Roughly a dozen member stations of the National Campus & Community Radio Association (NCRA) will host alternative election coverage tonight.
Originating from CKCU-FM at Carleton University in Ottawa, the live broadcast will start at 9 p.m. ET (6 p.m. PT).
It will feature CKCU political host Brendan McLoughlin (The Filibuster) and NCRA Learning & Development Officer Luke Smith, who doubles as host of CanQueer: Canada’s LGBT Community Talk Show. They’ll be joined by a diverse election panel, offering their own perspective on the night’s results.
Each hour will feature three guests and three discussions on key ridings, in addition to breaks where syndicated stations will cut into programming with local updates.
Barry Rooke, NCRA Executive Director, says the goal of the broadcast is to offer perspective you wouldn’t hear on commercial stations.
“A lot of our stations tend to offer an alternative to what’s in the mainstream, so some will be an election-free respite, but we recognize that there are also campus and community stations looking for an alternative,” explained Rooke.
Among the stations picking up tonight’s coverage are:
CKVB-FM (Corner Brook, NL)
CKDU-FM (Halifax, NS)
CKVE-FM (Hubbards Cove, NS)
CKHA-FM (Halliburton, ON)
CHXL-FM 95.3 Creek FM (Balcarres, SK)
CICK-FM (Smithers, BC)
CJSF-FM 90.1 FM (Burnaby, BC)
CFRU-FM 93.3 (Guelph, ON)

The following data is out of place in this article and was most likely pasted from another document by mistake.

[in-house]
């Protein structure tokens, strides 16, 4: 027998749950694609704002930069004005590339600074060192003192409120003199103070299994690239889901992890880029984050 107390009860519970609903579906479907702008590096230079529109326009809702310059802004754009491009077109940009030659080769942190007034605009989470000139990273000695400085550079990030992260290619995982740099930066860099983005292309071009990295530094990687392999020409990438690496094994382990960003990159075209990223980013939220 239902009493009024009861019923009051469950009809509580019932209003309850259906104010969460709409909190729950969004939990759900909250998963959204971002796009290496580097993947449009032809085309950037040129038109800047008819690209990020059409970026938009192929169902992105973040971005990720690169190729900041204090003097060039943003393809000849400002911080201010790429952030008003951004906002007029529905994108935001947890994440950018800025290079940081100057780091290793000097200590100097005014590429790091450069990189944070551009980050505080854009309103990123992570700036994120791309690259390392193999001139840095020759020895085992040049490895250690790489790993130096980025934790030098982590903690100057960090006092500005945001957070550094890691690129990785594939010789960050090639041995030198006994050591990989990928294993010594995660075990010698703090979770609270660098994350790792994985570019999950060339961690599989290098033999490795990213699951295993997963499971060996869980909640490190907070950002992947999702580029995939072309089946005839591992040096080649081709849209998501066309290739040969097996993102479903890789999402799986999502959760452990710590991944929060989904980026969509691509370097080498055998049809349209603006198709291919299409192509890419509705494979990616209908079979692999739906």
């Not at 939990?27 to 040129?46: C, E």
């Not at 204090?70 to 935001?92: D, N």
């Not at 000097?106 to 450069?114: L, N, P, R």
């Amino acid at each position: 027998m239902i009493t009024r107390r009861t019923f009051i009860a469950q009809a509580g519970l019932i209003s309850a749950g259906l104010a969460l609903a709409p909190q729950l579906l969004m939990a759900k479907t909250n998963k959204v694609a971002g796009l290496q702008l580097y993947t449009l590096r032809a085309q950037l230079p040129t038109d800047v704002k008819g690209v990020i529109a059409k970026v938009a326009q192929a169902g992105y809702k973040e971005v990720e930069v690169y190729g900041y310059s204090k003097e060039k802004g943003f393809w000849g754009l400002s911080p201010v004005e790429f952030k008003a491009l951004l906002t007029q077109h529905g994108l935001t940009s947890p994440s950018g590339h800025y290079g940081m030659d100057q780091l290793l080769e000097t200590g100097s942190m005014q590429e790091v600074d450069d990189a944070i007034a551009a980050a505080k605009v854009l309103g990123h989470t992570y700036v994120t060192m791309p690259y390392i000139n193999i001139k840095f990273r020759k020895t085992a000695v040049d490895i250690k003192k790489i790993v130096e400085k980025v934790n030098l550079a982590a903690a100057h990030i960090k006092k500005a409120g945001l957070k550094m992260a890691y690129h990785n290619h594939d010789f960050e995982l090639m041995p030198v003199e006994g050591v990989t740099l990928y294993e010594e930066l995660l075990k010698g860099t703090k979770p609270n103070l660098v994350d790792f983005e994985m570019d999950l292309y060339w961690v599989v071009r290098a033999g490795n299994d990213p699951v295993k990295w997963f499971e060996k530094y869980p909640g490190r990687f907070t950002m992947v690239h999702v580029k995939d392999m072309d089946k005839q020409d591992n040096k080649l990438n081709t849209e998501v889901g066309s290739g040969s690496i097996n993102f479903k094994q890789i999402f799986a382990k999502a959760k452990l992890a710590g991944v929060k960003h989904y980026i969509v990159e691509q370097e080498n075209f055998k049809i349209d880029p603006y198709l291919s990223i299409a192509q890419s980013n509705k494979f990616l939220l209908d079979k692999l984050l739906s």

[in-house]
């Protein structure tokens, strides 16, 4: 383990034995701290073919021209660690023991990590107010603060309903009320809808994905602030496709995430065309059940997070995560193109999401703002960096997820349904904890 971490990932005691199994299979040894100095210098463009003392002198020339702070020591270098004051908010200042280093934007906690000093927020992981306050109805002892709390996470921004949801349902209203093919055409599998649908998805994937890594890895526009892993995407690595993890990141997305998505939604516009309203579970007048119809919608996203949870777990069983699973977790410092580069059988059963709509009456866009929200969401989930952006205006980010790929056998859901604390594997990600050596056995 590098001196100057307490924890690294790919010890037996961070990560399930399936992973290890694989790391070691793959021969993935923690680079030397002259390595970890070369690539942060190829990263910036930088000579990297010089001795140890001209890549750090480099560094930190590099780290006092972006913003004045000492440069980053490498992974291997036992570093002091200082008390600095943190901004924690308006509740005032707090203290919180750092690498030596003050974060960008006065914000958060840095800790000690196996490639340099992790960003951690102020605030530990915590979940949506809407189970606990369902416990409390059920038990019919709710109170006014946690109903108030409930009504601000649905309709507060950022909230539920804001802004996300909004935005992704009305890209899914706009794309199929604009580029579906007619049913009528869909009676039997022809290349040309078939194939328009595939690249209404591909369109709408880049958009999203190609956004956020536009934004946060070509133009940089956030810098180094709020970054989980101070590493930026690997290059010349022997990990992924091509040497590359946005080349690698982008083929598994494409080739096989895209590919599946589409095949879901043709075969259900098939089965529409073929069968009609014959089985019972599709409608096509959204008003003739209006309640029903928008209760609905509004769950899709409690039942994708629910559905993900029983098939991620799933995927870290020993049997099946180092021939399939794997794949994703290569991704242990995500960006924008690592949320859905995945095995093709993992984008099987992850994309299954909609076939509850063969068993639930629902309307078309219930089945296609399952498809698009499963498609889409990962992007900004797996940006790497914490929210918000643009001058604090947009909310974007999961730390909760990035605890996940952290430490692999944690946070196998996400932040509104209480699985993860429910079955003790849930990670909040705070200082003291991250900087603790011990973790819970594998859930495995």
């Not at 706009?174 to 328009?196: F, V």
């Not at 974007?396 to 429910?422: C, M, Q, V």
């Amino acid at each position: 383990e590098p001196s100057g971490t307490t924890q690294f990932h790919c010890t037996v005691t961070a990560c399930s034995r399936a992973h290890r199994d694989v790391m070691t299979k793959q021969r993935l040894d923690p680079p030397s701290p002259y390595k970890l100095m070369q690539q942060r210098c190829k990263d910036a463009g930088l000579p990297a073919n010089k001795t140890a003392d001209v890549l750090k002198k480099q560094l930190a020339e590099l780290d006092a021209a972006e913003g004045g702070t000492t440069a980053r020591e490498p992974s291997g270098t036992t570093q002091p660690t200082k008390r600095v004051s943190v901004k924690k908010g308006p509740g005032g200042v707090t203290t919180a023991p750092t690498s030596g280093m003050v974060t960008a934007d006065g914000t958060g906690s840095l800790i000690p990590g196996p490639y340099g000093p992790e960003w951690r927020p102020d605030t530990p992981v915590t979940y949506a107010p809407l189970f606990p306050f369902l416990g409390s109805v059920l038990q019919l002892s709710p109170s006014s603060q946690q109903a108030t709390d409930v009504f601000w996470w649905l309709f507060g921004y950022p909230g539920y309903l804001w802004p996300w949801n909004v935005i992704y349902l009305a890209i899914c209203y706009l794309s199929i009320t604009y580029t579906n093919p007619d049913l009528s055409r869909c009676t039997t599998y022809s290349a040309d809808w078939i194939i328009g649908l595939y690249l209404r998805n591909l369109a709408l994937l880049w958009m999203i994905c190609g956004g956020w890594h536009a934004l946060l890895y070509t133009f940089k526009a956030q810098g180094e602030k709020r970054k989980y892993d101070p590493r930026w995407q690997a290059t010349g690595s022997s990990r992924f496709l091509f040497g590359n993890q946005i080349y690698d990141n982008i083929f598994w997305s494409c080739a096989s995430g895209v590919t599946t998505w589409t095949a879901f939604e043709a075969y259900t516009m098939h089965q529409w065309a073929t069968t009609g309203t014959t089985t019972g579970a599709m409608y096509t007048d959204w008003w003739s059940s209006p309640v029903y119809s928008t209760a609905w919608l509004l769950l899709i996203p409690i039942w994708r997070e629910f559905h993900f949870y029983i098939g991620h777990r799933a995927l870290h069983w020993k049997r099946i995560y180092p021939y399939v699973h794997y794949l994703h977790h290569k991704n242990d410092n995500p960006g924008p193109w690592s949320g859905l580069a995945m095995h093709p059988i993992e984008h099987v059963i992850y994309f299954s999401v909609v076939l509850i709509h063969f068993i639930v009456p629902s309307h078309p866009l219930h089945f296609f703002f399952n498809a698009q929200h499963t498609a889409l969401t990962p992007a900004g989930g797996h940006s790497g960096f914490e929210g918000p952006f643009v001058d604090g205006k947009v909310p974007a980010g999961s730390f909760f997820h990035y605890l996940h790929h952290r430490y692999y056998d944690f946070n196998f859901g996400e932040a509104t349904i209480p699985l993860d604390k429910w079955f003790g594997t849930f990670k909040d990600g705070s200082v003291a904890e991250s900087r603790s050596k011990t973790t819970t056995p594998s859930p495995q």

CKAR-FM (Huntsville, ON)
CiTR-FM 101.9 FM (Vancouver, BC)
While the NCRA has generally stayed out of taking on political issues for the last few years, with the exception of the advocacy it does on behalf of member stations, the organization took the unusual step of doing its bit to spread the climate change message in the run-up to the federal vote.
Fifty member stations have been running PSAs, produced by Toronto urban, alternative station VIBE 105 (CHRY-FM), that contain Canadian-specific facts about the environment, provided by Environmental Defence.
Luke Smith, who spearheaded the “Facts are Free” initiative, says the NCRA was floored by the widespread support from stations, considering many are in rural and remote areas and located in Conservative-voting ridings.
“We saw this as a great way of raising awareness in the community in what is a relatively non-contentious issue,” said Smith. “These are pretty basic facts – one speaks about Canada’s recycling weight, another speaks to Canada’s average temp going up slightly higher than the rest of the world. What we were picturing is not that these stations would take a proactive stance, but we believe climate change is actually happening and that Canadians should be aware of how climate change affects Canadians.”
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